Home secretary Theresa May will travel to Calais on Thursday to sign a deal with French interior minister Bernard Cazeneue on tackling the migrant crisis.
Read more: The Calais migrant crisis shows why Europe needs a common migration policy and a new asylum system
The ministers will agree to increase security measures for preventing migrants from using the Eurotunnel as a route between the two countries, and will meet charities that provide support to migrants.
The exact details of the deal have not been made public, but it is understood that options for increased humanitarian aid will also be considered.
Read more: Cameron under fire over Calais migrant crisis: Chaos costing £1.5m a day in Kent as hauliers call for compensation
Thousands of migrants have attempted to make the journey into the UK over the last few months, mainly originating from countries such as Syria, Afghanistan and Eritrea.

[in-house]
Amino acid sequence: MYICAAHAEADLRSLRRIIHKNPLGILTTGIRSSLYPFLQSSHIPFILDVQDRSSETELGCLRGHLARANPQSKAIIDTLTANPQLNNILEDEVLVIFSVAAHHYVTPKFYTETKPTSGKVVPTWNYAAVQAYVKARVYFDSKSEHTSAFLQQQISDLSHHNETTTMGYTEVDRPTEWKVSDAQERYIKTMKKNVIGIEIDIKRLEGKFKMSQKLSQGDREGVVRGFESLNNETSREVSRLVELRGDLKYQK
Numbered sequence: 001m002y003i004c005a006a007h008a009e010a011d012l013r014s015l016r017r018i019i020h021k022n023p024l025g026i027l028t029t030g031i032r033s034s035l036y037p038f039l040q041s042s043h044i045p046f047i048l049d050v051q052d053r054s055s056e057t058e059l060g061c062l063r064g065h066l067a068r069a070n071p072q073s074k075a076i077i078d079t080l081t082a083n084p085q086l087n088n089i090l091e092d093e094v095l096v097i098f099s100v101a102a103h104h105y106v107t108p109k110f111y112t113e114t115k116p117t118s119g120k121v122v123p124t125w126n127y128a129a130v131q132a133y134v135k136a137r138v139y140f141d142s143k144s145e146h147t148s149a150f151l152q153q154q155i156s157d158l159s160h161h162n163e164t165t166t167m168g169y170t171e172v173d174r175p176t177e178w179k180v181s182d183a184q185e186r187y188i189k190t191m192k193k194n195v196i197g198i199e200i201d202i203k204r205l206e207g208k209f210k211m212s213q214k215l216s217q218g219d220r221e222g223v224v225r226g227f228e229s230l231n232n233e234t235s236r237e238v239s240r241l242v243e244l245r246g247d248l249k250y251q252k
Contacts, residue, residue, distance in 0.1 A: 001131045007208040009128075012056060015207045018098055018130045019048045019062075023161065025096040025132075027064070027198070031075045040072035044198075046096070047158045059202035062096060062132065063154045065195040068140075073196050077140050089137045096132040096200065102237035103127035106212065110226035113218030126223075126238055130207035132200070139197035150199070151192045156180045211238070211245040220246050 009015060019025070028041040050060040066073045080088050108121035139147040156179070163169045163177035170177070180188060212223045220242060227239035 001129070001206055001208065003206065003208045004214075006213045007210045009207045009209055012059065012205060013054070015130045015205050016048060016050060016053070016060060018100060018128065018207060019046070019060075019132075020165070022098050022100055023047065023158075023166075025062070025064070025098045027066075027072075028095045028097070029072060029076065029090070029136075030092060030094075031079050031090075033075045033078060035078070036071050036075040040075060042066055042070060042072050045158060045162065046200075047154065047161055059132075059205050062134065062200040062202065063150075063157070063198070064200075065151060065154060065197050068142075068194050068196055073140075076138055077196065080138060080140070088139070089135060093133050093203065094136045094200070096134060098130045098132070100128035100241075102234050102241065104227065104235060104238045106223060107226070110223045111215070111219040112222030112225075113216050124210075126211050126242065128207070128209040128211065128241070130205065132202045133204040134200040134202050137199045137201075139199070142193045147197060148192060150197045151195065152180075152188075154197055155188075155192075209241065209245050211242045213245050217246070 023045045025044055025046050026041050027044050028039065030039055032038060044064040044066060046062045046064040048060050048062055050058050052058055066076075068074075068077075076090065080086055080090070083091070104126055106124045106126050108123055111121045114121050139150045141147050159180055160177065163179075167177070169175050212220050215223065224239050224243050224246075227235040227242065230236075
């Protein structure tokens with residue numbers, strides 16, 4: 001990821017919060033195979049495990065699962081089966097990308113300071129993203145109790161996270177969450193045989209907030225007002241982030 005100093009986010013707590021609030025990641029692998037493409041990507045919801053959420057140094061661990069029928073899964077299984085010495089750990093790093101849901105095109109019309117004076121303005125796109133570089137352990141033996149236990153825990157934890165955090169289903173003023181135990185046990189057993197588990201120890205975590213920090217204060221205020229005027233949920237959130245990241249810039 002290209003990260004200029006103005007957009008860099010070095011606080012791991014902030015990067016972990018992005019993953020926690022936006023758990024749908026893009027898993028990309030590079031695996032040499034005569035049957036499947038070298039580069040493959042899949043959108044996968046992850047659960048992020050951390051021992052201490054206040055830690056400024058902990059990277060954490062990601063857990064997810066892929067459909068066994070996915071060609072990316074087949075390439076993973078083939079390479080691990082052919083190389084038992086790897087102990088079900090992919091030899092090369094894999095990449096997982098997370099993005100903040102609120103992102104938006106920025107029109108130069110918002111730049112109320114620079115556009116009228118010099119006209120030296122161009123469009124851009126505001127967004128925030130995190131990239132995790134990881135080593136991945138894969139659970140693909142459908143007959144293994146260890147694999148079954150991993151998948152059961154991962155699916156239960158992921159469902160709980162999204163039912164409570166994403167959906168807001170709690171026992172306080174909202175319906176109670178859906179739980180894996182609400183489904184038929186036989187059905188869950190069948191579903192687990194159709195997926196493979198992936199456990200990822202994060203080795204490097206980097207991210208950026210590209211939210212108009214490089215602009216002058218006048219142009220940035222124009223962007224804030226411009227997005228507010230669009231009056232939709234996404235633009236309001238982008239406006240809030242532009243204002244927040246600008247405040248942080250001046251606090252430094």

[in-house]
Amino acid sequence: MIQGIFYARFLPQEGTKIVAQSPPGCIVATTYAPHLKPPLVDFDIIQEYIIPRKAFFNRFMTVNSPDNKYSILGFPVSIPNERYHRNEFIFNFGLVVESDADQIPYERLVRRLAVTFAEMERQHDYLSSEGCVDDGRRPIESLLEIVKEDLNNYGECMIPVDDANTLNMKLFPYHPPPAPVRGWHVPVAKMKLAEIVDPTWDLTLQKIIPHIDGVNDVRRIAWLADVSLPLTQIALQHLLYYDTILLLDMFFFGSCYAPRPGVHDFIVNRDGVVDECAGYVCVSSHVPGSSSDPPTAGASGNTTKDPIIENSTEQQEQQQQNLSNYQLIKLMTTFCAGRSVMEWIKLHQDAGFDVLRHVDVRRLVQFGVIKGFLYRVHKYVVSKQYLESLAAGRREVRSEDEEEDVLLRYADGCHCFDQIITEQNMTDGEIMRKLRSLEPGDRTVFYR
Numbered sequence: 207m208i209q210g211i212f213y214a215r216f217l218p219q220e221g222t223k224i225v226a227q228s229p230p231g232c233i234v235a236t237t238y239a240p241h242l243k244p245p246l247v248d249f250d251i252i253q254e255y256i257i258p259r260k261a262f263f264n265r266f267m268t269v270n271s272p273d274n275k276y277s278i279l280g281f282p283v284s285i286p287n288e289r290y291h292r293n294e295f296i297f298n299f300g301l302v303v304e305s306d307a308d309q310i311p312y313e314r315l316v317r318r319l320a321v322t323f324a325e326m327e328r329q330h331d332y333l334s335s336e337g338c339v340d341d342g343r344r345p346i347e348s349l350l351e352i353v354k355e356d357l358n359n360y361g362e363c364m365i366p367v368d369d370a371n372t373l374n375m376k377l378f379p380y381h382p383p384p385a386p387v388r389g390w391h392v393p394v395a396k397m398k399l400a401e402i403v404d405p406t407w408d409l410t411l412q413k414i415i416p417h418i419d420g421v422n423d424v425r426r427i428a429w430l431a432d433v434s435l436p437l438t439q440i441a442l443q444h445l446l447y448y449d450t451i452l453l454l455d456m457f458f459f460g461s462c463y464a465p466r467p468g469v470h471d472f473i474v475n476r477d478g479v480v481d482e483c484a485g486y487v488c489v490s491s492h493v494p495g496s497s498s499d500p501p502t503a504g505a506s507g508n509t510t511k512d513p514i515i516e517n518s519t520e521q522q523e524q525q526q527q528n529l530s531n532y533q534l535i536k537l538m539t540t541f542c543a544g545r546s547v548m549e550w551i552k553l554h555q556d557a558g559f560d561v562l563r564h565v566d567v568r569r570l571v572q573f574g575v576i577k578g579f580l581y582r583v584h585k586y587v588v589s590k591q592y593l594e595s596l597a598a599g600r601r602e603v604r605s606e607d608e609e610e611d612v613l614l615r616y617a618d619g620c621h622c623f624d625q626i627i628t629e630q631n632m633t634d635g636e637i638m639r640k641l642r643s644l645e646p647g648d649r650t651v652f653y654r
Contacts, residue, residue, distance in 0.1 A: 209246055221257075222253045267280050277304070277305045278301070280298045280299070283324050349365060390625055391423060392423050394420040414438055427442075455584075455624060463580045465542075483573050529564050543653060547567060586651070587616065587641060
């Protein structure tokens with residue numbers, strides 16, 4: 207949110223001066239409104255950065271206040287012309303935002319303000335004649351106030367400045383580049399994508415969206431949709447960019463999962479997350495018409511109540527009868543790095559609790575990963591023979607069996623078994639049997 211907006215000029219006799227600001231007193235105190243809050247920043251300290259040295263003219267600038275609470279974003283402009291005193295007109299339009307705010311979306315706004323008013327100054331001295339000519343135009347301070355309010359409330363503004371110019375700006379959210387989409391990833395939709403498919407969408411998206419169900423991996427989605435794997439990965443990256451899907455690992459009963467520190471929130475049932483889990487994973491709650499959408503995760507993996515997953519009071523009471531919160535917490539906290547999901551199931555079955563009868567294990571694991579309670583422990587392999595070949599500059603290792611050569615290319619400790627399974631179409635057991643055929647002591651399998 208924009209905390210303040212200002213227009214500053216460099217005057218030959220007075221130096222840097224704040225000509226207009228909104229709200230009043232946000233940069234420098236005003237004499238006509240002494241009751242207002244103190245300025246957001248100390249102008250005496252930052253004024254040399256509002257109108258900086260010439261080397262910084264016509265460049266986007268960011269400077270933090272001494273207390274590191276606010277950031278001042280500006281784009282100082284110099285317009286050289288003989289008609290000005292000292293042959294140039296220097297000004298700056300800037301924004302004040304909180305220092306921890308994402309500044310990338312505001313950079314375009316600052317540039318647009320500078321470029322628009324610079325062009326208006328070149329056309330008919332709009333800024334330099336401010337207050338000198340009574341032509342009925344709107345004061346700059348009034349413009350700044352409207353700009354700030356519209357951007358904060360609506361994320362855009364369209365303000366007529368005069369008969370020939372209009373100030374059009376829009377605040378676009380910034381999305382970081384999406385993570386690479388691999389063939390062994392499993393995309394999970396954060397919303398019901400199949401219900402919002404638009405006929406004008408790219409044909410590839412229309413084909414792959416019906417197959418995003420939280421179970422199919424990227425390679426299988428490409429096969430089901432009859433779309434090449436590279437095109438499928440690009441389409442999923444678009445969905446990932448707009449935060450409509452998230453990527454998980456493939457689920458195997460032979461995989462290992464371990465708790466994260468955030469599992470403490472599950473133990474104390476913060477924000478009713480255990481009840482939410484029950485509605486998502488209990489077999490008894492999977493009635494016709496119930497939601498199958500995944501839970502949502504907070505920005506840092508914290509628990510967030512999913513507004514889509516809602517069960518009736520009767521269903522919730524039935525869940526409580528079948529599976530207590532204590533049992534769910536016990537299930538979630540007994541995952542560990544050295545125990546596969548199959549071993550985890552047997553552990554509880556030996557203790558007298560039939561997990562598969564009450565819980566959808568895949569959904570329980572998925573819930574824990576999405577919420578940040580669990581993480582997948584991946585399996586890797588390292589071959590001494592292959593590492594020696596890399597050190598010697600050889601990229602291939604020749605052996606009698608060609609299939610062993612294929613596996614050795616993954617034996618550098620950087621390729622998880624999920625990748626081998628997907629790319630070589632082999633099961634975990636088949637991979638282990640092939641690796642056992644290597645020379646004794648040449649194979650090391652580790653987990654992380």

Since the beginning of the year, Eurotunnel has blocked an estimated 37,000 people from crossing, but it admitted last month that stopping everyone had become a “phenomenon which is beyond our means".
The UK government has already offered France £7m to help build security fences, but police at Calais argued these measures were only a “short-term solution”.
Earlier this month, foreign secretary Philip Hammond confirmed the UK would commit 100 more guards to the French side of the Eurotunnel terminal. Speaking after a meeting of the government's emergency committee, Cobra, he said measures were “already having an effect”.
I think we have got a grip on the crisis. We saw a peak last week, since when the number of illegal migrants has tailed off.